Even as a journalist, you’re allowed to be biased toward some bands, and Victoria Legrand and Alex Scally’s Beach House is one of those bands for me. And although the Baltimore-based duo’s pet peeve is being referred to in sparkly Tumblr language (“dreamy,” “ethereal,” ”otherworldly”), I did spend most of my early 20s trying to “transport” myself to a better place by listening to them. In true Beach House tradition, their fifth album, Depression Cherry, does not sound drastically different from their previous work—it is familiar enough to feel like home, yet laden with between-the-lines nooks that Legrand and Scally have artfully carved into every track. Here, we talk about growing up, and blowing away.
There is a closed-circuit quality to Depression Cherry that reminds me of Beach House and Devotion. Did you feel like you were stripping your sound down to its core?
Alex Scally: I think we started to feel burdened by the presence of drums. Drums crush subtlety— they’re like a big guy coming in the room and stepping on everyone’s feet. So when we got back from our last tour, a big part of writing was like, “Okay, let’s just write, experiment, make music, and follow our whims.”
Victoria Legrand: Which is like the earlier days where it was just, the whole time, the two of us.
It’s been almost a decade since your first full-length album. When you look at your lives, moving into your 30s, where do you see the most change?
VL: You listen to yourself more. It’s something so subconscious that you can’t even analyze it. It’s like this building is swaying slightly, moving with everything in the world.
AS: I think all artists are trying to shorten the distance between them, the truth, and that perfect mirror of feeling, their work. If anything, we’re just trying to get truer and truer.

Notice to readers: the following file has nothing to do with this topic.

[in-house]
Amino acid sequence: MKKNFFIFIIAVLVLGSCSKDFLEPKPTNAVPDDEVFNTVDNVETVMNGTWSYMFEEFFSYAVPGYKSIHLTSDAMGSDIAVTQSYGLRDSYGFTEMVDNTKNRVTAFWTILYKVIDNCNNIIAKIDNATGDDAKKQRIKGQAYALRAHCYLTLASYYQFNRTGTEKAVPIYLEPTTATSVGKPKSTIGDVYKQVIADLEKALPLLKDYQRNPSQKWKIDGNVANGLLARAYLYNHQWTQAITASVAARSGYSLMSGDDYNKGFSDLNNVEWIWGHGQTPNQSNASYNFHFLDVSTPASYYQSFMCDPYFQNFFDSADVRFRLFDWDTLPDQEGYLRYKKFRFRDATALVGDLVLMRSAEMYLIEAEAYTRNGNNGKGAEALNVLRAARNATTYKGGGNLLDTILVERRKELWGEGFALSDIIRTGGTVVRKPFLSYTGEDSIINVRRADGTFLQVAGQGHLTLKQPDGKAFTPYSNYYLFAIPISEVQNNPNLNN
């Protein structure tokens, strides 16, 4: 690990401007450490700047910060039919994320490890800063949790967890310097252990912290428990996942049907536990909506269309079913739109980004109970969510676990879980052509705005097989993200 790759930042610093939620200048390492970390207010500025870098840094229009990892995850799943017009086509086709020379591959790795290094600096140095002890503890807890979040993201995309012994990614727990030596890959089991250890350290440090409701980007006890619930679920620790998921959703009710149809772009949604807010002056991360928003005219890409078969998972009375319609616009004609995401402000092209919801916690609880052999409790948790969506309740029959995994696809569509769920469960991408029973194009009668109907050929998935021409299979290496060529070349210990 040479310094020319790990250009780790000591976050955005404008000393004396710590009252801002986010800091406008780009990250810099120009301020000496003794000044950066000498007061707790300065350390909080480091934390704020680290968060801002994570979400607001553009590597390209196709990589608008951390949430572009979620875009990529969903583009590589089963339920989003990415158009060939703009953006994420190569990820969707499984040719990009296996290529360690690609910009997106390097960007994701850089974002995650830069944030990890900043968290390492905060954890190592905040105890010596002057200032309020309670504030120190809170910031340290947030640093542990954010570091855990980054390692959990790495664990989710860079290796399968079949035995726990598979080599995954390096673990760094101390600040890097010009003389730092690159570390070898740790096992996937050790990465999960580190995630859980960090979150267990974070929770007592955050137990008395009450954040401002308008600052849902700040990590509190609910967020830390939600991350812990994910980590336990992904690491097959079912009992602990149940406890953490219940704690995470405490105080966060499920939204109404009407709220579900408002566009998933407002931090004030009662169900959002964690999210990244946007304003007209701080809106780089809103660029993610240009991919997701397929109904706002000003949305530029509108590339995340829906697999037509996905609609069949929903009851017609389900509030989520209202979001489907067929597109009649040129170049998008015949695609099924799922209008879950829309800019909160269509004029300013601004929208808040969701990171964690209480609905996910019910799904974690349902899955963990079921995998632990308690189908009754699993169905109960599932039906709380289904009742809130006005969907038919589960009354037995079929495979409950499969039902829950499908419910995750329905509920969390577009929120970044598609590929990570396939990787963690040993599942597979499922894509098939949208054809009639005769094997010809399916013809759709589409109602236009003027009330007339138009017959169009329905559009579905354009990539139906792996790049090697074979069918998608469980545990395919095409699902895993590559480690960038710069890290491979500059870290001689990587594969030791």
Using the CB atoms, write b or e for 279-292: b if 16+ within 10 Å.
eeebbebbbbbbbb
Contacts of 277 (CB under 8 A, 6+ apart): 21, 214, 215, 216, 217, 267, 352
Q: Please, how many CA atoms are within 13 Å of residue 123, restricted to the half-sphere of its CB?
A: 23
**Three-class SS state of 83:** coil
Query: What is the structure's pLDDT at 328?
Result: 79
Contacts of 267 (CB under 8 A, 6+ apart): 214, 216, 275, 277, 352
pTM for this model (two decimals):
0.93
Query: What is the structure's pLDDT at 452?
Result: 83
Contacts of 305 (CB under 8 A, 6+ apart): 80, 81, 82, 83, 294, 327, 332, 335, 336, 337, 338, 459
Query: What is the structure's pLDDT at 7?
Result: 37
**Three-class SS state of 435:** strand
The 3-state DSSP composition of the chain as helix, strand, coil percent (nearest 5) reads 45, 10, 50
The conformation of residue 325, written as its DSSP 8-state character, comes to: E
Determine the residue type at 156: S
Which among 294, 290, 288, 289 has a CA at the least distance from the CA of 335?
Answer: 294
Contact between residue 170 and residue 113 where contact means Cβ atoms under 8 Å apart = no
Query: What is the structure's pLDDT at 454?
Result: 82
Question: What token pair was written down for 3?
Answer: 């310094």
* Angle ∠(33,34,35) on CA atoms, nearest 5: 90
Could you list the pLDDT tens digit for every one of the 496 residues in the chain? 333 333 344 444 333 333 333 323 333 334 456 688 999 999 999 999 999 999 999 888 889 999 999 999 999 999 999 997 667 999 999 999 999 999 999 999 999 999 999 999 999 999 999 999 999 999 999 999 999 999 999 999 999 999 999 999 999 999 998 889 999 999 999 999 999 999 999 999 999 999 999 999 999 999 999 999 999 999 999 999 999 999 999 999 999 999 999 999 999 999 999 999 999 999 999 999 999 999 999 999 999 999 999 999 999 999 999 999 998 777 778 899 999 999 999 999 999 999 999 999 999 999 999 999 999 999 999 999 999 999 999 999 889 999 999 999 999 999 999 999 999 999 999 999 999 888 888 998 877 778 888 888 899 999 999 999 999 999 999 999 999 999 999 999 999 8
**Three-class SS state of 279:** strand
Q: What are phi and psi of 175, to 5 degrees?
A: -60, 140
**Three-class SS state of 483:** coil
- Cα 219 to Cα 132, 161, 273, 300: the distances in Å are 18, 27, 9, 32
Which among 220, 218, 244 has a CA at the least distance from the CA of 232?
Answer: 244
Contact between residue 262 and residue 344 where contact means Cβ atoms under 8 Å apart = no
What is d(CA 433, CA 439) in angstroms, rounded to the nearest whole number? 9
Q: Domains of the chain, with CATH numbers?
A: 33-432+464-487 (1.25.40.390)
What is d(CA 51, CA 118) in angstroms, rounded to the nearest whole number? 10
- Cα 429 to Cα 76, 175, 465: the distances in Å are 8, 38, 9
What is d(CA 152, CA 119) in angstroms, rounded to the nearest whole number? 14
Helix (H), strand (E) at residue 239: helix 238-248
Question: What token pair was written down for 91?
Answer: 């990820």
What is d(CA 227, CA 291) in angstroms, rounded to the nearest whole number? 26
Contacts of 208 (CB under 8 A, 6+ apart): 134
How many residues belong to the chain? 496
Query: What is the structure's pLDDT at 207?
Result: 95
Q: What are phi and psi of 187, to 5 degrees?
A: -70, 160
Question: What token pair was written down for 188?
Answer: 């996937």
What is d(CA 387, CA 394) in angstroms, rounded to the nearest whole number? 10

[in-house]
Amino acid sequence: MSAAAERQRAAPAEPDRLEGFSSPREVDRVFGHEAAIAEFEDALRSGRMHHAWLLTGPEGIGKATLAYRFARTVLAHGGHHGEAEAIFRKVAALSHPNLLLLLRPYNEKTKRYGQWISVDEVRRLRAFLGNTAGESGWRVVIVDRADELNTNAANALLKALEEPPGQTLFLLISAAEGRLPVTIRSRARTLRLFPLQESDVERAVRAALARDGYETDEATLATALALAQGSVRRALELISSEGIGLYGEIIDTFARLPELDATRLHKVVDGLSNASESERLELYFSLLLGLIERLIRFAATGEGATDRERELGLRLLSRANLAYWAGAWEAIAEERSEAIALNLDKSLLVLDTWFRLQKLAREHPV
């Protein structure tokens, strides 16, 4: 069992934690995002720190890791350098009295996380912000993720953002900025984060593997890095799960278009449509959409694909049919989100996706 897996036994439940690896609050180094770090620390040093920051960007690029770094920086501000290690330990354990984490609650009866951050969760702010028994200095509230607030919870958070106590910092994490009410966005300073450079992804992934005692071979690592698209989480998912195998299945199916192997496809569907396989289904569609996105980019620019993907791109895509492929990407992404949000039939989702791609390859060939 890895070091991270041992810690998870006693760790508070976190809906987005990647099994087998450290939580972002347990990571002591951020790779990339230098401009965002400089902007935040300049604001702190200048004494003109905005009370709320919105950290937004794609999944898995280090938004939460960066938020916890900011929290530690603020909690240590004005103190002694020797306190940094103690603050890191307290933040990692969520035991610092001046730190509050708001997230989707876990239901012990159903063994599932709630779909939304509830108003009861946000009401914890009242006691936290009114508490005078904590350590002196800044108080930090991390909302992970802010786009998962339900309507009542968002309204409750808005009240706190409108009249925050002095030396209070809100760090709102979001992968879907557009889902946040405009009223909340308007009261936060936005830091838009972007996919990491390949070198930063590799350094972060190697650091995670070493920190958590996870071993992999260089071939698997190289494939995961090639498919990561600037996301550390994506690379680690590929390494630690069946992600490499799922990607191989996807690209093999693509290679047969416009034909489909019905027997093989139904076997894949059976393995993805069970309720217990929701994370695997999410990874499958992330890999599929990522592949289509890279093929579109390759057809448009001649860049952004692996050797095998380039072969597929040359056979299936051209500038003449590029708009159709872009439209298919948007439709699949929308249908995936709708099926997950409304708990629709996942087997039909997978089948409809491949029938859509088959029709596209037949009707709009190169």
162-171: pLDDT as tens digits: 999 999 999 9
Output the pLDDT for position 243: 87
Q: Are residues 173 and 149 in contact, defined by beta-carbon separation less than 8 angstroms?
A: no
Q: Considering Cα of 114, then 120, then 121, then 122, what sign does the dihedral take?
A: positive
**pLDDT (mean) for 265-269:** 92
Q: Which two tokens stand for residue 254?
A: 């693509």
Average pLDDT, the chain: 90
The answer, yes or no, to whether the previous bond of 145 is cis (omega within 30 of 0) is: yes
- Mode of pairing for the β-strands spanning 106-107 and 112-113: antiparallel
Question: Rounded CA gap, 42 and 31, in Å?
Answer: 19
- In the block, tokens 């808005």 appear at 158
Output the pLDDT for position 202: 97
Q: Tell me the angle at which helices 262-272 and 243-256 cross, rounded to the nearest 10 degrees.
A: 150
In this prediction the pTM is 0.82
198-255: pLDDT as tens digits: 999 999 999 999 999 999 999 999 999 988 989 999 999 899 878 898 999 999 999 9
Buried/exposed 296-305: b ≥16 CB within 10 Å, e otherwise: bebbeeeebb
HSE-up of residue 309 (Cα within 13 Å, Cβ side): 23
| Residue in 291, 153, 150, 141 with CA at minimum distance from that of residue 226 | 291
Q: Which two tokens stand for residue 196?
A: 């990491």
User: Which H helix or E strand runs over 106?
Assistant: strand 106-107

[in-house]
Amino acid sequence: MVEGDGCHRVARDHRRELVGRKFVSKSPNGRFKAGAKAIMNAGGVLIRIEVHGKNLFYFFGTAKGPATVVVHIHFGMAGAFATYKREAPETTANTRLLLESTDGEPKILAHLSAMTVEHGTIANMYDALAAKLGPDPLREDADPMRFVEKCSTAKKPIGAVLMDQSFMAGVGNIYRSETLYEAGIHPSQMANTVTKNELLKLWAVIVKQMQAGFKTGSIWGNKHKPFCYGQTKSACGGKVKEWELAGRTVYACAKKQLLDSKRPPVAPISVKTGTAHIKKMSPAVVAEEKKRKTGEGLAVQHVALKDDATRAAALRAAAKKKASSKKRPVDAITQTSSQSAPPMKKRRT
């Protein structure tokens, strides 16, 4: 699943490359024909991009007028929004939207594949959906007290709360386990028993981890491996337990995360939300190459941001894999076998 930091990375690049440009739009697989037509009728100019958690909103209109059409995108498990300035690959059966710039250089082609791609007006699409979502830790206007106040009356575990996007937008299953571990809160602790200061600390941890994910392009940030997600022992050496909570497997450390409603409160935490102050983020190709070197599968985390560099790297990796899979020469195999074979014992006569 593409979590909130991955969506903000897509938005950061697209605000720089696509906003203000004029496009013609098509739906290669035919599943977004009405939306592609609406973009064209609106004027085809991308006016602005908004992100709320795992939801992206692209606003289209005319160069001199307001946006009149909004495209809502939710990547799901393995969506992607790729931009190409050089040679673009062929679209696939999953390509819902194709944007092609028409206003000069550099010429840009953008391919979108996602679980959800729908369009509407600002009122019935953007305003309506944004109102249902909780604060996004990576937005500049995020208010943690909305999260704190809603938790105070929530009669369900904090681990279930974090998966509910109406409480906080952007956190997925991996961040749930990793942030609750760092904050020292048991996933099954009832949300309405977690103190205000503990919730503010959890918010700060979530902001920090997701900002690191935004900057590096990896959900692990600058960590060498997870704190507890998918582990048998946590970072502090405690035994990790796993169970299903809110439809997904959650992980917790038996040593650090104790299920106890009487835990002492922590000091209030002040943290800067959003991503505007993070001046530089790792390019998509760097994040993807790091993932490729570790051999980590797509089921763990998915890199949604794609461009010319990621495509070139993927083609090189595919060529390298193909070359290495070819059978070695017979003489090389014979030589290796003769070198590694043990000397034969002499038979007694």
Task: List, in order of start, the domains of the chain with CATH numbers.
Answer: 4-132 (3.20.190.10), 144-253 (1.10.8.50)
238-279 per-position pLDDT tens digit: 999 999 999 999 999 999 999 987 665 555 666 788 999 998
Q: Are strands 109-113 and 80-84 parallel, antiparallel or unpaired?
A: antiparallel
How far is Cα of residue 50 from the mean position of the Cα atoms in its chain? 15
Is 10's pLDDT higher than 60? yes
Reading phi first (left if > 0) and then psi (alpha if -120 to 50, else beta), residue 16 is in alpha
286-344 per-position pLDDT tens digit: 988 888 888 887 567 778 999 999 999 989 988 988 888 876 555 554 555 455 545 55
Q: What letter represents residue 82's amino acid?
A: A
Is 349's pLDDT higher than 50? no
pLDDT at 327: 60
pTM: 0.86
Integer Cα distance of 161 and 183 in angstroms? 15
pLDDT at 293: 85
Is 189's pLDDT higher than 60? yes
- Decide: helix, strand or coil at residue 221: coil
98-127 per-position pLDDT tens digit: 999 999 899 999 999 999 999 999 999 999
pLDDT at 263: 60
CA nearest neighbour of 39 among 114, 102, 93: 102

What were you thinking when you came up with the name Depression Cherry?
AS: Both of those words have strong, heavy connotations on their own, and it’s kind of irreverent for us to just throw them together. It’s like a dance between these two energies. That very abstract feeling summed up the energy field of the record for us.
The culture surrounding usis obsessed with what’s happening next, which kind of takes away from how much time and work goes into making something. What keeps you going in the face of that?
VL: For me, it’s about being aware of all the frequencies. Having grown up in a non-Internet universe, it’s not as hard for me to tune out that stuff, go in, be alone, and try to hear what my thoughts are. And in this band, it’s quite simple for us, actually. We live in Baltimore. We work there. We work. It doesn’t get more complicated than that for us. Maybe if we lived in New York, it’d be different. Maybe if we lived in L.A., it’d be different.
AS: The music is our world. The process is simple. The actual work is not simple, but the mentality that goes into it is.
Having worked together for so many years, do you have any day-to-day studio rituals?
AS: We have day work and night work. They’re very different. Working during the day creates this one energy field, while working at night is a totally different one.
VL: There are nice patterns and rhythms that happen. I’ve always liked having a very good day or night of work, and then I leave and when I’m driving home or something, there’s this moment of reflection. Sometimes it’s frustration, sometimes it can be that your outlook on the world has changed because of some kind of creative moment you had that day. Maybe those aren’t rituals but definitely moments that recur in any album writing. Also, maybe there’s something slightly monastic about it—the studio is a sacred place for us. It’s where every record since Teen Dream has been written.